George moves ahead with a plan to kill Alice, but it’s hastily conceived and it immediately becomes apparent that he is ill-equipped to commit such a crime. Right from the outset, he leaves a trail of clues a mile wide.

He takes Alice rowing on the lake but what happens is not what he’d planned. At the critical moment, he’s unable to move to kill her. For a split second, tragedy is averted. However, Alice accidentally stumbles in the boat and falls into the water. Panic-stricken, unable to swim, she is sure to drown. George has a chance to save her (and himself ) but is unable or unwilling to do so and she dies - just as he had hoped she would.

George’s dilemma deepens. He could report the accident and face up to the consequences. But if he did report it, would anyone believe him? He had set out with the intention of killing Alice and given his premeditation, his innocence would be hard, if not impossible, for him to show.

The line between guilt and innocence is blurred at best. We know Alice had told George that she was afraid of water and that she couldn’t swim. We see his reaction to Angela’s story of the drowning at her lake. We watch him listen to the news report on weekend accidents with aroused interest. We listen to him lie to Alice with greater frequency and ease. We hear his heart beat with excitement and fear as a plan takes form. And, in the end, Alice dies because he makes no attempt to save her. Not only is his innocence hard to argue, his claim to it is hard to defend.

With his religious upbringing, George knows that guilty thoughts count as much as guilty deeds. There is no way out - he is doomed and he knows it. With scarcely a word in his own defence, he succumbs to the inevitable - capture, trial, condemnation. Unwilling to act to save his intended victim’s life, he will not now act to save his own.

His loss of moral certainty, his vision of himself as the victim (rather than Alice or even Angela), and his inability to see the inevitable and tragic consequences of his actions place him at the centre of the noir universe.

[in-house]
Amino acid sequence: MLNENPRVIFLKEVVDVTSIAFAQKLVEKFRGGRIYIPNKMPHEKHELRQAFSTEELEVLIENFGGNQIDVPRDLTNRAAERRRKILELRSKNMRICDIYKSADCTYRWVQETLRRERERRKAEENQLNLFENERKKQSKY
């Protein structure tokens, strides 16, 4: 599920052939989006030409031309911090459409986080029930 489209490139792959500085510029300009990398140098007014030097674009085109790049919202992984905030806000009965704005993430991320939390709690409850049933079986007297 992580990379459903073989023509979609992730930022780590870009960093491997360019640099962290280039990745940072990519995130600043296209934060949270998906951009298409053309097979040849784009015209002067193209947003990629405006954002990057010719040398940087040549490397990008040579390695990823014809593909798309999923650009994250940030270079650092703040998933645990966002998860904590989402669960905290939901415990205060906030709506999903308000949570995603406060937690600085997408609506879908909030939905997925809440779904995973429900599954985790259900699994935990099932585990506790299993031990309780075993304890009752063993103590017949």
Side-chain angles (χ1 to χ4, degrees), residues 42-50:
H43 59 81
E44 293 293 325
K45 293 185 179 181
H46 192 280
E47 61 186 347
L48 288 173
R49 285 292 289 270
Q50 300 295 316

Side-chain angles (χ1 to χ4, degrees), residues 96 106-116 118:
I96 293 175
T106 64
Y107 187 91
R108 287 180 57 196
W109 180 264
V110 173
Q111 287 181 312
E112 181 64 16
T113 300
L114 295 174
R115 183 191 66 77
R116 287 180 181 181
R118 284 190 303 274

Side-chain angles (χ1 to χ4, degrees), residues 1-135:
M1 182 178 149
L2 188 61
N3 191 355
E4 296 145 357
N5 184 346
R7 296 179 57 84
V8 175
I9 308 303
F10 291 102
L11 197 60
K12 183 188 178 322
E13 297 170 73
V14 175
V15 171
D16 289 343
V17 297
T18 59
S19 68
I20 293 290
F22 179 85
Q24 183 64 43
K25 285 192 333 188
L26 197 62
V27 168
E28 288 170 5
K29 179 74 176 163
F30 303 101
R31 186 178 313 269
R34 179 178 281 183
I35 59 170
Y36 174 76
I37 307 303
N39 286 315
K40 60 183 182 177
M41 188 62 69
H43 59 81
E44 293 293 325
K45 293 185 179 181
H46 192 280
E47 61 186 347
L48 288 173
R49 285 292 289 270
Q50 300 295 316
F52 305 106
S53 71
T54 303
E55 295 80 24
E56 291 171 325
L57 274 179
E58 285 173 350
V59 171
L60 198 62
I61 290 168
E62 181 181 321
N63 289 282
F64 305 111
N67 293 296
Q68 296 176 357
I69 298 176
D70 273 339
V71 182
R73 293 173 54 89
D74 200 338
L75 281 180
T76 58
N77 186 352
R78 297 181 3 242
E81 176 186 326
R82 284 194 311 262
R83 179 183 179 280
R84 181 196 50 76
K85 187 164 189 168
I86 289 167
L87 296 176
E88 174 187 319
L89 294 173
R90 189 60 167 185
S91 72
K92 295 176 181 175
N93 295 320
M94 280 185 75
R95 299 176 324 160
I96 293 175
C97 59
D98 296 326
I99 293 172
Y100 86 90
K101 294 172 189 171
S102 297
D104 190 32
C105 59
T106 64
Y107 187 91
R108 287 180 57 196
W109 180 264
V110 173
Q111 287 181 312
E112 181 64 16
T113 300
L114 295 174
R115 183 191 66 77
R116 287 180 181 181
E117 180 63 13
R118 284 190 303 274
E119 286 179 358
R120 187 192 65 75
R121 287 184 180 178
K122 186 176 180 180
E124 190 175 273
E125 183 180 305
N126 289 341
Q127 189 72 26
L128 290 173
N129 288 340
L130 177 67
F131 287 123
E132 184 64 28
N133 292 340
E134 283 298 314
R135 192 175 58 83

Visually, ‘A Place in the Sun’ cleaves strongly to noir, with sets and set-ups that are dark and claustrophobic, multiple off-angle camera shots, high-contrast lighting - all of which contribute to the film’s overwhelming sense of despair.

In one striking scene, George is on the first day of his new job, the morning after Alice has told him she’s pregnant. Stevens frames his interiors to suggest George trapped in a cage - an indication of his state of mind and a foreshadowing of the prison cell waiting.

The film’s design and costuming are central to its noirness. Angela is dressed either in white or in black depending on whether she’s seen as part of George’s place in the sun or conversely as the catalyst for Alice’s death. George is dressed in light tweeds on his first visit to the Eastman family and is both dwarfed by the chair in which he is sitting and rendered invisible by the pillars and grandeur of the home. However, as he is accepted into that social circle, his clothing becomes darker and he becomes more dominant
in the scene.

Director George Stevens also subverts our appreciation of exteriors of great natural beauty through ominous foreshadowing of George’s intent. Overall, Stevens brings a craft to the film equal to the movie’s powerful narrative.

A Place in the Sun’ is based on Theodore Dreiser’s epic novel, ‘An American Tragedy’, which runs to over a 1,000 pages. Stevens replaces the sweep and detail of the novel with an intensity and focus that charts the incremental progression of George from an innocently ambitious young man to a confused, guilt-ridden wretch condemned for murder.

As George is led to his execution, his fellow inmates express the hope that he’s headed for a better world than the one he has known. Ironically, he was just beginning to know how good his world could have been. A place in the sun could have been his if he hadn’t been so blinded by the desire for it that he was prepared to do anything to get it.

Sure looks like noir to me.